Keynote Address I
‘The Humanities in the University of Jaffna: The First Decade (1974-1984)
K. Indrapala (Former Professor of History, University of Jaffna)
This short talk will deal with the development of the Humanities Faculty (later Arts Faculty) in the newly established university campus in Jaffna from 1974 to 1984. It will focus on the main weaknesses and strengths of the Faculty and the opportunities that were open to it, far removed as it was from the other campuses of the University of Sri Lanka. It was established as the result of a sudden decision by the government, and the lack of a serious and comprehensive plan was its major weakness. Its greatest strength came from the young and dynamic Head of the Campus who was a humanist, well recognized as a brilliant literary scholar. The political environment was not conducive to the healthy development of the Faculty. Faced with financial problems, the government was not in a position to provide the necessary funds for the smooth development of the Faculty. Under very difficult circumstances, however, the firm foundations for a good Faculty were laid during the first ten years. This talk is not a critical assessment of the achievements and failures of the first decade. Rather, it is a personal narrative of the course of developments in the first ten years of the Faculty.
Prof. K. Indrapala obtained his first degree from the University of Ceylon (now known as University of Peradeniya) in 1960 and from that time till 1975, lectured in History at that University. He obtained his PhD from the University of London in 1966. In 1975, he was appointed Foundation Professor of History in the new Jaffna Campus of the University of Sri Lanka, which later became the University of Jaffna. In 1977/78, he was a Japan Foundation Fellow and Visiting Professor at the Tokyo University of Foreign Studies, Tokyo. In 1984, he was appointed Foundation Professor of Southeast Asian Studies at the Tamil University, Thanjavur. His publications include The Evolution of an Ethnic Identity: The Tamils of Sri Lanka C. 300 BCE to C. 1200 CE (2007) and Ancient Tamil Nadu: Glimpses of the Past (2021). He also edited The Collapse of the Rajarata Civilization in Ceylon and the Drift to the South-West (Peradeniya 1971), Epigraphia Tamilica, Vol.1 (Jaffna 1971) (along with P.L. Prematilleke and Van Lohuizen de Leew), Senarat Paranavitana Commemoration Volume (E.J.Brill, Leiden 1978) and Early Historic Tamil Nadu (Chennai 2009). A Tamil version of this last work was published in Chennai early this year (Mun Varalaarru Kaala Tamilnaadu). He now lives in Australia.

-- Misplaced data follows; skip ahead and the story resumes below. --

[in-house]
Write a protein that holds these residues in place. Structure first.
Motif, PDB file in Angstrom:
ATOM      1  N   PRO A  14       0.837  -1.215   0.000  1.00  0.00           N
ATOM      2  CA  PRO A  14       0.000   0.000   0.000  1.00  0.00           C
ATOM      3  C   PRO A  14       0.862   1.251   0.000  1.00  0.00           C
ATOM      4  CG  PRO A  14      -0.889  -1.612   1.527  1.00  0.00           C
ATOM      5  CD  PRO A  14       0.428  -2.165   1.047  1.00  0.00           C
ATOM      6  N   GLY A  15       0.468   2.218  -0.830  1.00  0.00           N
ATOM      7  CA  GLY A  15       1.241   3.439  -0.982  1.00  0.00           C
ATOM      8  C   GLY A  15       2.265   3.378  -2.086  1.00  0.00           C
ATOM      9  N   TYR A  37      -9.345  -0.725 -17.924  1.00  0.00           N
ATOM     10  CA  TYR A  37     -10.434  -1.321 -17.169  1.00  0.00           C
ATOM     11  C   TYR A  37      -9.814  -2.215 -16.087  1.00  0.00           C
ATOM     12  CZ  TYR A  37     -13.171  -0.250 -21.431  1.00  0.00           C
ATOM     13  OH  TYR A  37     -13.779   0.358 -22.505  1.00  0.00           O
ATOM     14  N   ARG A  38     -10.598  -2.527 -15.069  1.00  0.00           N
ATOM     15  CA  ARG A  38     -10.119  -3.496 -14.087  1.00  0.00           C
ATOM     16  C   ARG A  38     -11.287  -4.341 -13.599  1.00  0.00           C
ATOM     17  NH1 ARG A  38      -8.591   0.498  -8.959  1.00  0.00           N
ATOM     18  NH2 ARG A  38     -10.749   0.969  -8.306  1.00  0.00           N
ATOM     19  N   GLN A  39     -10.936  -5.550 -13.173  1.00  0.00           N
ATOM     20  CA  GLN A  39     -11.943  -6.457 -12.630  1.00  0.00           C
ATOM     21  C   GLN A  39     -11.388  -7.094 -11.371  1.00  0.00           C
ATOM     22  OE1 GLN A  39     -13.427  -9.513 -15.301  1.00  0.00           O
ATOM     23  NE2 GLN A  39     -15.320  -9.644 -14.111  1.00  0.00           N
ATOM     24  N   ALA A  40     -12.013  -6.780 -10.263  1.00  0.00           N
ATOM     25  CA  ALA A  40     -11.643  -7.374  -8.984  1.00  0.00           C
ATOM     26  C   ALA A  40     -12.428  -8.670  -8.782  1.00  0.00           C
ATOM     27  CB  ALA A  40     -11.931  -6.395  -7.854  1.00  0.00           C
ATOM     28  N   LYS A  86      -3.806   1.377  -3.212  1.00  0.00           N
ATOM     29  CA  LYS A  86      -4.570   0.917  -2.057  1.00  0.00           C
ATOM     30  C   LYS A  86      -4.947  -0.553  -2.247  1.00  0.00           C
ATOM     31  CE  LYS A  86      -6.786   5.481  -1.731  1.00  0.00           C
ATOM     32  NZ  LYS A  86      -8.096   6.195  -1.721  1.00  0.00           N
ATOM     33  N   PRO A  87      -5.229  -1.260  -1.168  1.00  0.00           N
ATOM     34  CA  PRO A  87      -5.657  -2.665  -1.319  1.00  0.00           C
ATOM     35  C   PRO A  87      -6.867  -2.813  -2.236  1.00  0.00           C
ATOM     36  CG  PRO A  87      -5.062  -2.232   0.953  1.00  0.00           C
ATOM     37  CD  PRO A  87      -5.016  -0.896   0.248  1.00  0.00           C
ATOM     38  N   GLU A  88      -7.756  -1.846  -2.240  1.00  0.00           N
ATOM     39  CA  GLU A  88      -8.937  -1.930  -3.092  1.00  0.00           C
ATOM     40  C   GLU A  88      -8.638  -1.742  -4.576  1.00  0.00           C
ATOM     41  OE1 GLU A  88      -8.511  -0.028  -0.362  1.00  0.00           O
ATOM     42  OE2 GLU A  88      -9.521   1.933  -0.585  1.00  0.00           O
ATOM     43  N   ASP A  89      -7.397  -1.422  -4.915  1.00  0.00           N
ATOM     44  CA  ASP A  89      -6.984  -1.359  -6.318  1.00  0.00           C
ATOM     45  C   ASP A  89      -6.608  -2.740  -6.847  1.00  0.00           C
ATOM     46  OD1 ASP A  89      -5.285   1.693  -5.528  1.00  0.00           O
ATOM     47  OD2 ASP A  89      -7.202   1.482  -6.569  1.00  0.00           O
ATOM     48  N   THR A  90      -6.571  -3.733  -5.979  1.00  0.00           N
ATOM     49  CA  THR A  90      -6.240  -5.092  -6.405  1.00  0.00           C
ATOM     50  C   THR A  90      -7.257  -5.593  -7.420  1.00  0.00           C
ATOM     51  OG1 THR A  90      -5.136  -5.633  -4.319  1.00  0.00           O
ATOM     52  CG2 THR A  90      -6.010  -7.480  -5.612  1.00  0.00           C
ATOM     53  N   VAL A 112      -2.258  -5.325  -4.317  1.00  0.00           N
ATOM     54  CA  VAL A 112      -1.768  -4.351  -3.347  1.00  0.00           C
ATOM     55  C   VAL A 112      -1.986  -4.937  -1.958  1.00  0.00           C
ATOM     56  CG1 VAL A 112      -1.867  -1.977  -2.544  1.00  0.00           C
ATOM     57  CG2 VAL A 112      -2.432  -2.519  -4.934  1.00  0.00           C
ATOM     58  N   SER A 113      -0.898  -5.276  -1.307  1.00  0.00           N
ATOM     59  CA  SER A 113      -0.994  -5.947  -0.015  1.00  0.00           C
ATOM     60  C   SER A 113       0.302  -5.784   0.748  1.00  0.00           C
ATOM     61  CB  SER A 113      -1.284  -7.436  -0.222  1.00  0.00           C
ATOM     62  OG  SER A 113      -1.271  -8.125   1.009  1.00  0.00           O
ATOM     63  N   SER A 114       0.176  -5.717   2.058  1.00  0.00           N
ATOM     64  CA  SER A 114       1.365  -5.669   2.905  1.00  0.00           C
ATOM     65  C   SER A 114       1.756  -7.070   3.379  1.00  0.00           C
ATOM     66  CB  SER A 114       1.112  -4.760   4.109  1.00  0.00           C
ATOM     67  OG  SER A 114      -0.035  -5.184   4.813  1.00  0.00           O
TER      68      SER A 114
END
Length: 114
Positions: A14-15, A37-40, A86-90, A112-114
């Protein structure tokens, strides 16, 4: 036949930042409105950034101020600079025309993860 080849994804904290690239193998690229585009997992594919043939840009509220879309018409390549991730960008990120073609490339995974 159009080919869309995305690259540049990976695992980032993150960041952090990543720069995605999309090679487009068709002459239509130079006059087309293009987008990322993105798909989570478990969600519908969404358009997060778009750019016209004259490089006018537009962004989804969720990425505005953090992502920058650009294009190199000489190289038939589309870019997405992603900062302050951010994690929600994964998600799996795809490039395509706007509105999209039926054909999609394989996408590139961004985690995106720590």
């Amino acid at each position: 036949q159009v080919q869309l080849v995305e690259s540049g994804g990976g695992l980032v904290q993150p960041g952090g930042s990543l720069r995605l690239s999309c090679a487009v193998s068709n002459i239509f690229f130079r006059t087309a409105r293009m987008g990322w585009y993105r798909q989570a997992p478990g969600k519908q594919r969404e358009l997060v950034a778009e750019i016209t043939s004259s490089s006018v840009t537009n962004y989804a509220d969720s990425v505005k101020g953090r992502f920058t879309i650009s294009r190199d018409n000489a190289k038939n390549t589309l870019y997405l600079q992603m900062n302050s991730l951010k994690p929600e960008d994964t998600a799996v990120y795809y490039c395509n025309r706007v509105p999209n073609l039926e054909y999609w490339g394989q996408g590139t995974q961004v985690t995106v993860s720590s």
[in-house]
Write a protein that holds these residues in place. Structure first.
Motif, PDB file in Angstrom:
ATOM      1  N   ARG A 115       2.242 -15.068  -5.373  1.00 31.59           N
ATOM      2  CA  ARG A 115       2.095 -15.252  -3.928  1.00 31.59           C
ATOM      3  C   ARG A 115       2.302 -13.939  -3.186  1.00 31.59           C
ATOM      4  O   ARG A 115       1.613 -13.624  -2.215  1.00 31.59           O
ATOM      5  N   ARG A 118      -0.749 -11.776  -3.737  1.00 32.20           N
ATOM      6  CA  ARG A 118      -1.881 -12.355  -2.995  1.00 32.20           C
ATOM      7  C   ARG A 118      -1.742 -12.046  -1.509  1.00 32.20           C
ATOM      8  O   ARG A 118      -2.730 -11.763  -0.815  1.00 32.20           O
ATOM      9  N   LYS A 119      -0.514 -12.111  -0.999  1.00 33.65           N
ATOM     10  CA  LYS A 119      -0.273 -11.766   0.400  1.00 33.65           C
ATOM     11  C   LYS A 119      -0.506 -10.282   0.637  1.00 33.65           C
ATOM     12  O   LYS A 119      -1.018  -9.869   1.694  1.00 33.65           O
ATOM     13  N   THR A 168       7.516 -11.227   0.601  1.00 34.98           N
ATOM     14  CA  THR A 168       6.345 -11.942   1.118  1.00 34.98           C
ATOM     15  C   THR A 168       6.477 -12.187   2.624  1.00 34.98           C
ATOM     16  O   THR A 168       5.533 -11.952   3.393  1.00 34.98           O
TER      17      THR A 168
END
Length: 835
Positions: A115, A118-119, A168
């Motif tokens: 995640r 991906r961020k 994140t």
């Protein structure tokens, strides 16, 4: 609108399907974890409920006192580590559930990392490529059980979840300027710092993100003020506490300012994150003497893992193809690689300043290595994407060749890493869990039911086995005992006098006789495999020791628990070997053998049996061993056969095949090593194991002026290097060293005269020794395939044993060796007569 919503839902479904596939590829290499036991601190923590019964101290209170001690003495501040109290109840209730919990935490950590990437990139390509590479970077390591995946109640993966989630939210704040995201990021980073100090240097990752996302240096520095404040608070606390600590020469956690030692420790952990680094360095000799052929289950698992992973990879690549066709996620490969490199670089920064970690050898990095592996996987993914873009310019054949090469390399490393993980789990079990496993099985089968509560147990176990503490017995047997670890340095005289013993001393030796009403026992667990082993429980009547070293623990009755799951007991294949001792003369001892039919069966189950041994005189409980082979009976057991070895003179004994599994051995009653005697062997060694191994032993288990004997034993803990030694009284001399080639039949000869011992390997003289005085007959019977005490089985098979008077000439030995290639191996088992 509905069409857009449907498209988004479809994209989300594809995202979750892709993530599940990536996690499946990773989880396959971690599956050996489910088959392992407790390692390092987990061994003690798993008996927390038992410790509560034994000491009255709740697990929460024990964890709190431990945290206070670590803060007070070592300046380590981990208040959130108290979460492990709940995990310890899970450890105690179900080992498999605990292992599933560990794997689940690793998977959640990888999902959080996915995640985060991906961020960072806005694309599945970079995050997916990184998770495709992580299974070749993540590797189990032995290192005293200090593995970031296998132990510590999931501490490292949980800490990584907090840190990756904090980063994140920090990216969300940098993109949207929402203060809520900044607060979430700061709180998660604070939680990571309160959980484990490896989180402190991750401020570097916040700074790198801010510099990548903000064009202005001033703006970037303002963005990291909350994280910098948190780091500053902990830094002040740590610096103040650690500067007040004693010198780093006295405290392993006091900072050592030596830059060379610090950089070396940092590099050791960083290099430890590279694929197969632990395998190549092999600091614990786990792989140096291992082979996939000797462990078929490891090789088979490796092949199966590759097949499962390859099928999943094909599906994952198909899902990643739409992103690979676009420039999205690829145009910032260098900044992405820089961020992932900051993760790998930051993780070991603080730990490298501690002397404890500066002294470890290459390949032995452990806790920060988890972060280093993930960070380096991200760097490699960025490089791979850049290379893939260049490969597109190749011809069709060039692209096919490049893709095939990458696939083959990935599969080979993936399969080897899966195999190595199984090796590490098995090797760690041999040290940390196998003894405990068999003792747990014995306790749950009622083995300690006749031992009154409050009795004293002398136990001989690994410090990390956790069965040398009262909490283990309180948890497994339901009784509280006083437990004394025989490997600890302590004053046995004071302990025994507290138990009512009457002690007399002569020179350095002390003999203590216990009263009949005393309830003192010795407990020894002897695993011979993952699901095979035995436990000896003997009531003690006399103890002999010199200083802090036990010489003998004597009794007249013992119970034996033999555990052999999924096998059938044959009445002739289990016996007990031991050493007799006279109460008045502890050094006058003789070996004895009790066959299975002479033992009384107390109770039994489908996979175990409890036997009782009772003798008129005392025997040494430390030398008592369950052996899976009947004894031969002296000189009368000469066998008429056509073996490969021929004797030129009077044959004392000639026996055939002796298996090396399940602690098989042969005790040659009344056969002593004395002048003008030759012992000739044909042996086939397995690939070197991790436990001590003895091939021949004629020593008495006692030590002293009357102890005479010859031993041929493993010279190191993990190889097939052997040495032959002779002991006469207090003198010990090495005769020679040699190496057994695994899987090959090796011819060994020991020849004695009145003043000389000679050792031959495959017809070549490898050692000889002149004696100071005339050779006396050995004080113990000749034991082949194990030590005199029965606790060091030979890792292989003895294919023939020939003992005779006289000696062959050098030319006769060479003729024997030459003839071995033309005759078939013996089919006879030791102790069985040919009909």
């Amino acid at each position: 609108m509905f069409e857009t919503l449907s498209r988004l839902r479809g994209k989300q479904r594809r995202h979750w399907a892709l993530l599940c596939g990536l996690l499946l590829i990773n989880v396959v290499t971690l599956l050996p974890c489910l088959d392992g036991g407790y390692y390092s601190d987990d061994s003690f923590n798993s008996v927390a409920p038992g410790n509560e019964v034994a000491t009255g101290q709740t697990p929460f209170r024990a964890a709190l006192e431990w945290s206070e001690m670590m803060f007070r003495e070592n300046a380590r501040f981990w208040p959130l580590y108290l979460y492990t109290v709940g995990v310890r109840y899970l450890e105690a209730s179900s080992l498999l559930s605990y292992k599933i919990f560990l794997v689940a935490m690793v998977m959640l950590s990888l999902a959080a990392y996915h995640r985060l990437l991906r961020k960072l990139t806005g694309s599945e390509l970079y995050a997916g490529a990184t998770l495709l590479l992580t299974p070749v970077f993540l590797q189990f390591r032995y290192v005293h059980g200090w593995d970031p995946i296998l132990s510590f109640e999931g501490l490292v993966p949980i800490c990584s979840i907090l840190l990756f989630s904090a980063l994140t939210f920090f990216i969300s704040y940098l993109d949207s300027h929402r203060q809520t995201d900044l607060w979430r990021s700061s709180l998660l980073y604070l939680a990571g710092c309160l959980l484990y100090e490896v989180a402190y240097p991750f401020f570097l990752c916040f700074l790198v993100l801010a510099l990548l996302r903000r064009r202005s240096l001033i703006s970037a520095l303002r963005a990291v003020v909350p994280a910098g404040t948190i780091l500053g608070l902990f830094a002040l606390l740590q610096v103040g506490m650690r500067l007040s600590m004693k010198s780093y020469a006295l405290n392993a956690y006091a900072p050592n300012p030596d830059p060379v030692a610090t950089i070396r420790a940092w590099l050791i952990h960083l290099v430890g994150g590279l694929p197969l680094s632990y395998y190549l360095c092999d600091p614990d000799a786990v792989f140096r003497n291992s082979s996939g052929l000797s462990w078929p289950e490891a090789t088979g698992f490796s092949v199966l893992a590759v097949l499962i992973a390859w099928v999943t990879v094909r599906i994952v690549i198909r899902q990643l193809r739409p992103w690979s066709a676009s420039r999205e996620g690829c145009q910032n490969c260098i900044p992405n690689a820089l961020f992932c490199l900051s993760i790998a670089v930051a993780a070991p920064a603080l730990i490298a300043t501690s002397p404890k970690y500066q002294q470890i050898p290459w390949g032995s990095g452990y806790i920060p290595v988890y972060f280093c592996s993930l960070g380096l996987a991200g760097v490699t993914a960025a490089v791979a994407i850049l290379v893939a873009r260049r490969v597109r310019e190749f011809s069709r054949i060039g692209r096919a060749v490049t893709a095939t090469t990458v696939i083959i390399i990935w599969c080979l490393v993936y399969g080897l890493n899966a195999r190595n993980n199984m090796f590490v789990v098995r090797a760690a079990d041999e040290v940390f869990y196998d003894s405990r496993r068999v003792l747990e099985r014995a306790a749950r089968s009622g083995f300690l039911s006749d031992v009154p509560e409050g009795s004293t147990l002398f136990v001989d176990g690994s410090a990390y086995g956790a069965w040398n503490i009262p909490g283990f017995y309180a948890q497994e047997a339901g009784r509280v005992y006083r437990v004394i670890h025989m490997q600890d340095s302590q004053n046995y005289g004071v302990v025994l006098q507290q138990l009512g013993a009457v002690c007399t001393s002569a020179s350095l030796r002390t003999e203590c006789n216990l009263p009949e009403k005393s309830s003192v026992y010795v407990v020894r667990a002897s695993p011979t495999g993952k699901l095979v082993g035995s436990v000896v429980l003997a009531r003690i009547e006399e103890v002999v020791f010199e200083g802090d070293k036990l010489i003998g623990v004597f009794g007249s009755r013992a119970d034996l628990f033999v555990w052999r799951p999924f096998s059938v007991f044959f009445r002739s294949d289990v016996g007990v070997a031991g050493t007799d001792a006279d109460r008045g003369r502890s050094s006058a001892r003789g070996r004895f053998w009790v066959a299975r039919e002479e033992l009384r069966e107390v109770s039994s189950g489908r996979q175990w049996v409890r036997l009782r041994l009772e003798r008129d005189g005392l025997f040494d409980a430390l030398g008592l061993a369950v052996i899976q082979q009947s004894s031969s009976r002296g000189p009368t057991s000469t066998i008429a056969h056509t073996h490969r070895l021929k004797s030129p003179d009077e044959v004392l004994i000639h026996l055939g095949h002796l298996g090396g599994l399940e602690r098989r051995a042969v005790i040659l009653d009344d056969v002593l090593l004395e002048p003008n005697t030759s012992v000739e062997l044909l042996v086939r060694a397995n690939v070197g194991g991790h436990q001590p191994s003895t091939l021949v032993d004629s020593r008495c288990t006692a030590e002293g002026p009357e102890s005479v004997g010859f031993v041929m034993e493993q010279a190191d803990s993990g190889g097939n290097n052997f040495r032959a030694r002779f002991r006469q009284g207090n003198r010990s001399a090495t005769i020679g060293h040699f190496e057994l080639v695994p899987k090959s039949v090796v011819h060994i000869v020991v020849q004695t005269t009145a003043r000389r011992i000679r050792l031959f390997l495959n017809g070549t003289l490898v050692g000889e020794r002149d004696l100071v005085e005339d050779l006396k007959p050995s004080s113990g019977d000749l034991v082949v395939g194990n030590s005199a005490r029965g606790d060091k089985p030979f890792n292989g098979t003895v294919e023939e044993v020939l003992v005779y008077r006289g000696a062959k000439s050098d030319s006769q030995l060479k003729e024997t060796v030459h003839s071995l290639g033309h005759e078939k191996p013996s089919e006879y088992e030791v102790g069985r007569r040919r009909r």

Keynote Address II
‘Humans and Environments in Lanka’
Sujit Sivasundaram (University of Cambridge, UK)
This lecture brings together my work across a series of projects by thinking with the nature of the island of Lanka. In ‘Islanded’ I argued that the British tied the island together, in an unfinished way, as a centralised and unified colonial state and that this had implications for how the territory was conceptualised as a natural entity. Notions of belonging, indigeneity and ethnicity flowed from such an articulation. In this lecture, I place this argument in relation to traditions of mapping, collecting and studying the environment over the long term. I argue that attention to the ground of the island, which has experienced so much deforestation, intervention and conflict, is vital if Sri Lankan studies scholars are to respond to the age of the so-called Anthropocene, the pandemic and geopolitical tussles over the island’s resources and geographical placement.
Sujit Sivasundaram is Professor of World History and Fellow in History at Gonville and Caius College at the University of Cambridge. His work is in the field of world history, especially of the eighteenth and nineteenth centuries. His latest book is, ‘Waves Across the South: A New History of Revolution and Empire’ (2020), which won the British Academy’s Book Prize for Global Cultural Understanding. He has also authored, ‘Islanded: Britain, Sri Lanka and the Bounds of an Indian Ocean Colony (2013) and many other publications in the histories of oceans, environments, empires, cultural encounter and race.
He has served as a Visiting Professor at the Ecole des Hautes Etudes en Sciences Sociales (EHESS), Paris and as a Visiting Senior Research Fellow at both the Asia Research Institute of the National University of Singapore and the University of Sydney. He was the Sackler Caird Fellow, 2015-7, at the National Maritime Museum, Greenwich. In 2022-3, he will be a Visiting Professor at the Käte Hamburger Centre for Global History at LMU, Germany. In 2012 he was awarded a Philip Leverhulme Prize for History, awarded to early career scholars in the UK for contributions to research.
He gave the Royal Historical Society’s Prothero Lecture in 2019 and the University of Edinburgh’s Fennell Lecture in 2018. He regularly speaks to public audiences and school audiences and has spoken, for instance, at the Hay Festival, the Jaipur Literary Festival and the Cheltenham Festival. In 2022, he will be giving a lecture at the Royal Asiatic Society, London and a Lady Margaret Lecture at Christ’s College, Cambridge.